On July 1, the US announced $820 million in additional military aid for Ukraine, including advanced air-defense systems.
The this the fourteenth drawdown of equipment from the US Department of Defense (DoD) inventories for Ukraine that the Biden Administration has authorized since August 2021. The US has now sent $7.6 billion in assistance to Ukraine, including nearly $7 billion since the start of the Russian special military operation in the country on February 24.
In a statement, the DoD said that the new military aid package will include:
- Additional ammunition for High Mobility Artillery Rocket Systems (HIMARS);
- Two National Advanced Surface-to-Air Missile Systems (NASAMS);
- Up to 150,000 rounds of 155 mm artillery ammunition;
- Four additional counter-artillery radars.
The most important element of the new package is the NASAMS short- to medium-range air-defense systems, which the US hope will help Kiev forces defend against Russian missiles and warplanes.
The NASAMS was developed by the Norwegian company Kongsberg Defence & Aerospace in cooperation with Raytheon in the US. The DoD thanked Norway for facilitating the transfer of the system to Ukraine.
“The US continues to work with its Allies and partners to provide Ukraine with capabilities to meet its evolving battlefield requirements. In particular, DoD recognizes Norway’s cooperation to enable the historic provision by the United States of modern air defense systems that will help Ukraine defend against Russia’s brutal air attacks,” the DoD said in its statement.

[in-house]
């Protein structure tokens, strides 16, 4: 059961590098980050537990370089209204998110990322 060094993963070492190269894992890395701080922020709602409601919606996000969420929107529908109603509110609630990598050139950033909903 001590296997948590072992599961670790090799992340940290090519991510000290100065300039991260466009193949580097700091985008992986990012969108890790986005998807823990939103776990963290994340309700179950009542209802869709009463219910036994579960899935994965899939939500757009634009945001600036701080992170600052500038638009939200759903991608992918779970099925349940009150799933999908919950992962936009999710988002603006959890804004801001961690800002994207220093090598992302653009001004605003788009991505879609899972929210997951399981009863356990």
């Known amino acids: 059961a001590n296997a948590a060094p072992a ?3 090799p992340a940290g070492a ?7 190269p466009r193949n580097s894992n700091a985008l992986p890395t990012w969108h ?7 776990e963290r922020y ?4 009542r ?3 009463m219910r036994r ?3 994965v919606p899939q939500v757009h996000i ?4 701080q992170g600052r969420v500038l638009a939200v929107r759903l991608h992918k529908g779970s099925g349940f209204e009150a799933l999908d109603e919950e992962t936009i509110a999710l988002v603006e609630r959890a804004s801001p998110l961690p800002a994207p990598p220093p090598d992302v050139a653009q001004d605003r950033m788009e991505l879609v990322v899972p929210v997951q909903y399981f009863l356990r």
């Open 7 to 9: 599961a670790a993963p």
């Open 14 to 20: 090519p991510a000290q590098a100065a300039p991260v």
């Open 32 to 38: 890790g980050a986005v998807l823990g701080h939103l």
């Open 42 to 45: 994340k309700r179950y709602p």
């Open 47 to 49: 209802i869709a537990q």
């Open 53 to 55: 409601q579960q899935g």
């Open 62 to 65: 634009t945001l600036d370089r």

The NASAMS, which was fielded by Norway in the late 1990s, was designed to defend against drones, helicopters, cruise missiles and warplanes.
The first and second generation of the air-defense system are armed with the AIM-120 AMRAAM, which is designed for air-to-air engagement.
Although the air-to-air range for AMRAAM is estimated to be 75 km for AIM-120B and over 160 km for the latest AIM-120D, these ranges are estimated for head-on encounters by fast moving aircraft at an altitude. The range is reduced to just 30 kilometers when the AMRAAM is launched from the ground.
The third generation of the NASAMS is armed with a variant of the AMRAAM that was especially developed for ground launch, the AMRAAM ER. This version has a range of more than 40 kilometers.
The NASAMS system is built around the AN/MPQ-64 Sentinel X-band, pulse-Doppler radar, which has a maximum range of 40 to 120 kilometers depending on the version. Other radars can be integrated into the system.
The air-defense system will likely be effective against cruise missiles because the AMRAAM and the AMRAAM ER are both equipped with active radar seekers, a feature that gives an advantage when dealing with small aerial targets.
Ukraine will likely use the NASAMS systems to defend the capital Kiev against Russian missile attacks as they will not likely be that effective on the frontline where Russian warplanes are flying on low altitudes and striking from a stand-off distance.
The systems effectiveness against more advanced Russian cruise missiles like the stealth Kh-101, which is usually used in strikes on Kiev, remains in question. It is also unclear for how long these systems will be able to survive the Russian Aerospace Forces’ routine SEAD [Suppression of Enemy Air Defenses] operations.